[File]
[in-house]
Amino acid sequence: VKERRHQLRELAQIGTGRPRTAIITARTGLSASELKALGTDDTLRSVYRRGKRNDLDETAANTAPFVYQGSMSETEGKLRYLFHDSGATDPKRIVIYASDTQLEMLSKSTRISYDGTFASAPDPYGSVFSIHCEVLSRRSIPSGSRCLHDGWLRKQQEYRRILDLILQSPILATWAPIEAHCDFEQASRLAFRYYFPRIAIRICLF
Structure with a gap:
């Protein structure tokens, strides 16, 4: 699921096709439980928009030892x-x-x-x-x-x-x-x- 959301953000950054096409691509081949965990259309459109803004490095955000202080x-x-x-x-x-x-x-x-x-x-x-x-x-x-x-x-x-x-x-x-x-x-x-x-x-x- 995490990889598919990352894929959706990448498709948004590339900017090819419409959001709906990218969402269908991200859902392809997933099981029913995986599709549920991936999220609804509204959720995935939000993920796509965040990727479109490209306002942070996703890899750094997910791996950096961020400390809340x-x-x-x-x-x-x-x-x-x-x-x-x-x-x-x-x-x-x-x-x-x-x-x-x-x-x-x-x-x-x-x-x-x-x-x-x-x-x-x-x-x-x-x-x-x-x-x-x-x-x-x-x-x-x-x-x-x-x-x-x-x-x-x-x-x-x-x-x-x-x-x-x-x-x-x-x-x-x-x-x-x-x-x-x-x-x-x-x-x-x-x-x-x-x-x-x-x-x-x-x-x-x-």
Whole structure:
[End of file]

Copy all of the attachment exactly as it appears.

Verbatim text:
[in-house]
Amino acid sequence: VKERRHQLRELAQIGTGRPRTAIITARTGLSASELKALGTDDTLRSVYRRGKRNDLDETAANTAPFVYQGSMSETEGKLRYLFHDSGATDPKRIVIYASDTQLEMLSKSTRISYDGTFASAPDPYGSVFSIHCEVLSRRSIPSGSRCLHDGWLRKQQEYRRILDLILQSPILATWAPIEAHCDFEQASRLAFRYYFPRIAIRICLF
Structure with a gap:
């Protein structure tokens, strides 16, 4: 699921096709439980928009030892x-x-x-x-x-x-x-x- 959301953000950054096409691509081949965990259309459109803004490095955000202080x-x-x-x-x-x-x-x-x-x-x-x-x-x-x-x-x-x-x-x-x-x-x-x-x-x- 995490990889598919990352894929959706990448498709948004590339900017090819419409959001709906990218969402269908991200859902392809997933099981029913995986599709549920991936999220609804509204959720995935939000993920796509965040990727479109490209306002942070996703890899750094997910791996950096961020400390809340x-x-x-x-x-x-x-x-x-x-x-x-x-x-x-x-x-x-x-x-x-x-x-x-x-x-x-x-x-x-x-x-x-x-x-x-x-x-x-x-x-x-x-x-x-x-x-x-x-x-x-x-x-x-x-x-x-x-x-x-x-x-x-x-x-x-x-x-x-x-x-x-x-x-x-x-x-x-x-x-x-x-x-x-x-x-x-x-x-x-x-x-x-x-x-x-x-x-x-x-x-x-x-």
Whole structure: